Neal Ford (ThoughtWorks); Building Microservice Architectures; In Some Venue; 2014; 80 slides.
tl;dr → Enterprise Service Bus (ESB) rides again, but with Agile, Conway, Java, JSON, HTTP, REST, CI/CD & DevOps!
Sam Newman; Building Microservices: Designing Fine-Grained Systems; O’Reilly Media; preview edition; WHEN?; 102 pages; free sample (final edition); 25 pages; Amazon: kindle: $31, paper: $42+SHT; O’Reilly: pdf: $43, paper: $50+SHT.
- Conway’s Law
- Definition: “organizations which design systems … are constrained to produce designs which are copies of the communication structures of these organizations,” as stated in the slides.
- Melvin Conway
- Melvin Conway; How Do Committees Invent?; In Datamation; 1968-04.
- Jimi Wales Wiki.
- Respect it: everyone must obey The Law, whether you like it or not.
- Inverse Conway Maneuver → assemble teams around the desired architecture; the architecture will develop itself.
- Domain Isomorphism
- Architecture Isomorphism
- CAP Theorem
Choose at most two
- Partition Tolerance
- Prefer BASE over ACID
- Basic Availability
- Eventual Consistency
- Prefer Choreography-over-Orchestration
- Have Consumer-Driven Contracts;
- Prefer REST-over-SOAP
- RPC over REST is good
- RPC over SOAP is bad
- DevOps is good.
- Service-Oriented Architecture (SOA)
- is different somehow
- is (was) J2EE, the aircraft carrier approach
- Enterprise Service Bus (ESB), hub-and-spoke
- Claim: Microservice is the first architectural style developed post-Continuous Delivery.
- Something vague about “smart endpoints, dumb pipes”
- Something vague about allowing multiple languages
“embrace polyglot solutions where sensible”
in practice: Java servers (Jetty), HTTP as IPC, JSON wire format, no-SQL, no-schema, Ci/CD, DevOps
- Bad → Monolithic & ACID
- Good → Lots of uncoordinated, decentralized, small, application-specific databases & hope; let BASE carry the day.
- Something vague about decentralized governance
Claimed <quote>Enterprise architects suffer from less pressure to make the correct choice(s) in microservice architectures.</quote>
In practice: it’s hard to go wrong with Java/JSON/HTTP/noSQL/noschema/Ci/CD/DevOps
- Prefer: to rewrite instead of maintain
This has got to be somewhat controversial, but isn’t amplified in any way.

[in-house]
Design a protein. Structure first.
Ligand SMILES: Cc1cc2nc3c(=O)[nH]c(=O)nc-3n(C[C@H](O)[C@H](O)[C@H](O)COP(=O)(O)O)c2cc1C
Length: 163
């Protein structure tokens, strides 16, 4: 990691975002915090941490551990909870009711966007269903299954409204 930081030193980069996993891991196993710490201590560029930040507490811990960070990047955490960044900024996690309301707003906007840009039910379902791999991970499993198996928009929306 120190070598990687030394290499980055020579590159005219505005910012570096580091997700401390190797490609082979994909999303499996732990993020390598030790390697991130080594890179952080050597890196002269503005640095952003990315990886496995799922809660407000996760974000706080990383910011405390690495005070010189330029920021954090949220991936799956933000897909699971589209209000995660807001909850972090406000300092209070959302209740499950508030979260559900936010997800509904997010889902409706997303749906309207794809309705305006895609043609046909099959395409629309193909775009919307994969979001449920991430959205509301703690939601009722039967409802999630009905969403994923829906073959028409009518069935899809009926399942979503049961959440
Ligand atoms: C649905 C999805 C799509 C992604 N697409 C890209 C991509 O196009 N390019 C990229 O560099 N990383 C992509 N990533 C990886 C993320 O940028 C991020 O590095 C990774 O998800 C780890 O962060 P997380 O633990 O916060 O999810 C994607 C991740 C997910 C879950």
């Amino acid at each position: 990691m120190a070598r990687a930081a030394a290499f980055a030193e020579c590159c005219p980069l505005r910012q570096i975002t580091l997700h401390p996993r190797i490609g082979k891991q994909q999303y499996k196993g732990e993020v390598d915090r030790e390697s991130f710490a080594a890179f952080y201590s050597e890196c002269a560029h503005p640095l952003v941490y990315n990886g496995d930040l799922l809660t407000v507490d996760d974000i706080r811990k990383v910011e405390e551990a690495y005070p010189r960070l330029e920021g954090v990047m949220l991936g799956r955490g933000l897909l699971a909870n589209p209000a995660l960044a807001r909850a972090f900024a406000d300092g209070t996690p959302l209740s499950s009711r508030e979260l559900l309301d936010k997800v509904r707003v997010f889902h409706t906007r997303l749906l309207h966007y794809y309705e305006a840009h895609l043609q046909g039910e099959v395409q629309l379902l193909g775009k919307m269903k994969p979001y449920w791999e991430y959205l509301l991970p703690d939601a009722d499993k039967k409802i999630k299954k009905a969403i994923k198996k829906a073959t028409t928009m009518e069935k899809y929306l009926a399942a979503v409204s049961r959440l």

- Scope: stay small, 10-100LOC per function; a function is now called “a service”
This has got to be somewhat controversial, but isn’t amplified in any way [one has to marshall up a HTTP-scale network call just to get access to 10-100LOC "over there"? Orly? Sounds slow ... and brittle.]
- no theory
- find “a balance”
- do “what feels right”
- U R DOIN IT RONG → No, we’re not, it feels right & good. Go away. You’re not the boss of me.
- no theory
- Components → deployed
- Features → released (enabled)
- Applications → implement of routing
- to deployed Components
- with released Features.
- There are no other sorts of applications.
- Cascading Failure
- Avoid it
- Metaphors to slideware about
- circuit braekers
Slide 39 -80.
- Return queries optimized for ranking & aggregation rather than for display [sure, but why?]
- Prefer timely but partial results over slow & complete results [ahem, when appropriate]
- Command and Query Responsibility Segregation (CQRS)
- Query Model
- Command Model
- Design for Failure
- Graceful Degradation
- Use Monitoring
- bad → multipane ssh terminal
- good → Logstash+Kibana
- Testing on Production
- Synthetic transactions
- Correlated (Unique) Identifiers
a.k.a. unique order numbers
- Service Templates, Microsoft
- VM & (J)VM Concepts
- A set of VMs deployed together
- Software Configuration Management (SCM) → you will use git (you will avoid subversion)
- lots of little repositories
- only organized & integrated & build time → good luck!
- Object-Relational Mapping (ORM)
- Sooner or later you have to persist something in a real database
- Testing Theory
- Unit Solitary
- Unit Sociable
- Boundary (Interface)
- CI/CD & DevOps
- Staging mustn’t diverge from Production
- One change at a time
- Two copies of prod: Blue & Green
Roughly in order of appearance
- Sam Newman; Building Microservices:: Designing Fine-Grained Systems; O’Reilly Media; preview edition; WHEN?; 102 pages; free sample (final edition); 25 pages; Amazon: kindle: $31, paper: $42+SHT; O’Reilly: pdf: $43, paper: $50+SHT.
- X-Ray, a tool; a viewer; (Java) class dependencies
- Ian Robinson (ThoughtWorks); Consumer-Driven Contracts; In Martin Fowler’s Bloggery; 2006-06-12.
- Julian Browne; Brewer’s CAP Theorm: The kool aid Amazon and Ebay have been drinking; In His Blog; 2009-01-11.
- Seth Gilbert, Nancy Lynch; Brewer’s Conjecture and the Feasibility of Consistent, Available, Partition-Tolerant Web Services; In ACM SIGACT News; Volume 33, Issue 2, 2002-06; pages 51-59; landing.
Forbidden: Brewer’s Conjecture; Maybe in SIGACT
Retry: psyho/dyplom as BrewersConjecture-SigAct.pdf
- Myth: Eric Brewer on Why Banks are BASE not ACID Availability; In High Scalability; 2013-05-01.
- Gregor Hohpe (ThoughtWorks); Your Coffee Shop Doesn’t Use Two-Phase Commit; In IEEE Software; 2005-03; 3 pages.
tl;dr → uses Starbucks retail transctions as a foil to riff uponon ACID, BASE, exception handling, asynchrony, idempotence, etc.
- Greg Young; CQRS Task-Based UIs: Event Sourcing Agh!; In His Blog; 2010-02-16.
- Michael T. Nygard; Release It! Design and Deploy Production-Ready Software.; Pragmatic Bookshelf; 2007-03-30, 2012-11-06; 326 pages; kindle: $20, paper: $22+SHT.
tl;dr → Java, JDBC, JVM, EJB, JSP, J2EE, log4j, servelets
- Toby Clemson (ThoughtWorks); Microservice Testing; In Martin Fowler’s Bloggery; 2014-11-18
- Jez Humble, David Farley; Continuous Delivery: Reliable Software Releases Through Build, Test and Deployment Automation; Addison Wesley; 2010-08-06; 512 pages; kindle: $38, paper: $40+SHT.